There was too much going on in my life to really sit down and do a reflection on Thanksgiving this year. Between church stuff and getting the stomach bug, my blogging took a hit during that holiday. Intentionally deciding to spend as much time with family as possible also made blogging take a back seat, so I didn't share this little event...until now.
Because we had church the night before, we didn't do any traveling on Thanksgiving. It was just the five of us who spent a quiet day enjoying each other's company. I took the kids outside to the church playground early in the morning. Many leaves had fallen from the pecan and ash trees on the playground, so I got my raked and proceeded to make a giant leaf pile. The kids ran and jumped into it with enthusiasm. It was particularly fun to watch Kevin, Jr. since he's still pretty short. When he jumped into the pile, he almost disappeared! He didn't seem to mind as he laughed and giggled the entire time.
But, as with most things, kids get board pretty quickly, so I told the kids it was time for us to go inside and watch the Macy's Thanksgiving Day Parade. They hustled inside and sat down to watch. Thankfully, they were enthralled by what they were watching, so it gave me time to get in the kitchen and prepare our Thanksgiving meal. (Yes. I am the chief cook of the house.)
I finished up lunch just as the parade was finishing. All along, we had told the kids that Santa Claus was coming at the end of the parade. As the time was drawing near, they began to ask repeatedly, "Where's Santa?"
My wife and I kept replying, "Just wait. Be patient. He's almost here."
The table was set. The food was in place. It was ready to go, but I wasn't about to tell the kids to get to the table just yet. They wanted to see Santa.
And then, he appeared. Jolly Old Saint Nick, wearing his red suit, white beard and driving his sleigh. I'll not soon forget my children's reaction.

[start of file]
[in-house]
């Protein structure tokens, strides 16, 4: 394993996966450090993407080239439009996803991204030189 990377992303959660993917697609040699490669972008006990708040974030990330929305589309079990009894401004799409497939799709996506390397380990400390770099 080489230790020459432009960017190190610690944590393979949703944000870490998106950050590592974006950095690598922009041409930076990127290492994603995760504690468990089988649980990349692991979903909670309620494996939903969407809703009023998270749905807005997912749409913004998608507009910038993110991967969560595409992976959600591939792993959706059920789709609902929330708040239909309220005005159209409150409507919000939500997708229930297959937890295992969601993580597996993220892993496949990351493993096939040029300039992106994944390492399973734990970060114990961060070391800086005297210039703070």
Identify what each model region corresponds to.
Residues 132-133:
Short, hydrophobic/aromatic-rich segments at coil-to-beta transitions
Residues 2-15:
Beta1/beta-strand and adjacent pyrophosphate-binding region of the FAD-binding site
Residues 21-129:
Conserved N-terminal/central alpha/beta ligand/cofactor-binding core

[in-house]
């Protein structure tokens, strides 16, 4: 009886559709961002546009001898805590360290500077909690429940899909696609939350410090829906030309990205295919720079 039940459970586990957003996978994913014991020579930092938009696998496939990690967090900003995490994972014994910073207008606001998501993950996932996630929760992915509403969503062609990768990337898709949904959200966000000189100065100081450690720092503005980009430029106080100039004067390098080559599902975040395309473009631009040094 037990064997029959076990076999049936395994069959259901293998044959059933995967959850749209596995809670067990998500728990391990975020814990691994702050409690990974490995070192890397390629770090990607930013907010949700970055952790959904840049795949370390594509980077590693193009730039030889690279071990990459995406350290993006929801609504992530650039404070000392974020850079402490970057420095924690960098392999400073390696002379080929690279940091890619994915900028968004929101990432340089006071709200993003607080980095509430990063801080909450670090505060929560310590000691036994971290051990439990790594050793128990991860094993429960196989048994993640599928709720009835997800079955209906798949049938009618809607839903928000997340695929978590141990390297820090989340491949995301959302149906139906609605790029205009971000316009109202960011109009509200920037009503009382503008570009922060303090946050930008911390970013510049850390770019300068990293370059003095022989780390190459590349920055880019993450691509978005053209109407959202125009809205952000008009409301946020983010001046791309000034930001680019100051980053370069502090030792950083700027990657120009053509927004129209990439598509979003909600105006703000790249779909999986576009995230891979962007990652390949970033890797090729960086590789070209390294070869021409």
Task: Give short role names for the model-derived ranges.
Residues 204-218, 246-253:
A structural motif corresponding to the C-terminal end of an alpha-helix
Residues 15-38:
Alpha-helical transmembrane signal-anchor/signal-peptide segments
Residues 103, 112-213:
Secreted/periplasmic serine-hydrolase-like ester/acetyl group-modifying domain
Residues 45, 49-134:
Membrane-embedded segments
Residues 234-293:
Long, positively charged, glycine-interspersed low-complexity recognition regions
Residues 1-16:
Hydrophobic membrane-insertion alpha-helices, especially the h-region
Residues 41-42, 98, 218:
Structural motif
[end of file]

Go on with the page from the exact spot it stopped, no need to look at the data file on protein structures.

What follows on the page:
The three of them began yelling, "It's Santa! It's Santa! It's Santa!" They jumped up and down. They clapped with joy. There was an absolute exuberance, an absolute joy, and an absolute innocence that brought tears to my eyes at that moment. The holiday season came alive for those three kids as they saw Santa Claus appear on the screen. His appearing meant Christmas was just around the corner, and now that they are all old enough to "get it" as far as Christmas is concerned, that meant it was time to be overly excited.
Oh for the faith of a child!!!
For many of us who have crossed that threshold into adulthood, Christmas has lost some of that magic. We know what it is supposed to be all about. Not Santa Claus or presents but the birth of Jesus. We know the real "magic" behind everything, but we lose focus so easily.
We get bogged down in shopping for everyone on our list. We call folks in advance asking what would be appropriate lest we disappoint someone with our shopping. We stress over balancing time spent with our families--immediate and extended. We worry about the bottom lines in our budgets as we shop. Then many experience a heaping of guilt as every charitable institution in the book comes around to ask for assistance. We want to help out, but our resources are limited even in the midst of our plenty. The world of adults is much different than the world of children.
Oh, it's not that we don't feel joyful. Many of us do. We look at our kids and become joyful because they are joyful. When they jump up and down on the couch screaming, "It's Santa!", our hearts come to life for just a moment because memories are rekindled back to the time when we felt such joy. But is it possible for us to feel such joy on our own? Without the aid of our children's happiness? Without the aid of our children's naivete?
This holiday season, I'd like to challenge you to join me to prepare for Christmas so that the joy that is experienced isn't because we see someone else full of joy. I'd like to challenge you to join me in preparing for Christmas so that when it is announced in whatever form you hear it that "Unto you is born this day in the city of David, a Savior who is Christ the Lord.", your heart will leap with joy, and you too would be willing to jump up and down yelling, "He's here! He's here! He's here!"
Life is too short to allow only our children to have and experience true joy. Somehow. Some way. I believe that joy needs to be a part of our lives as well. For us though, it might take a little bit more preparation to have it.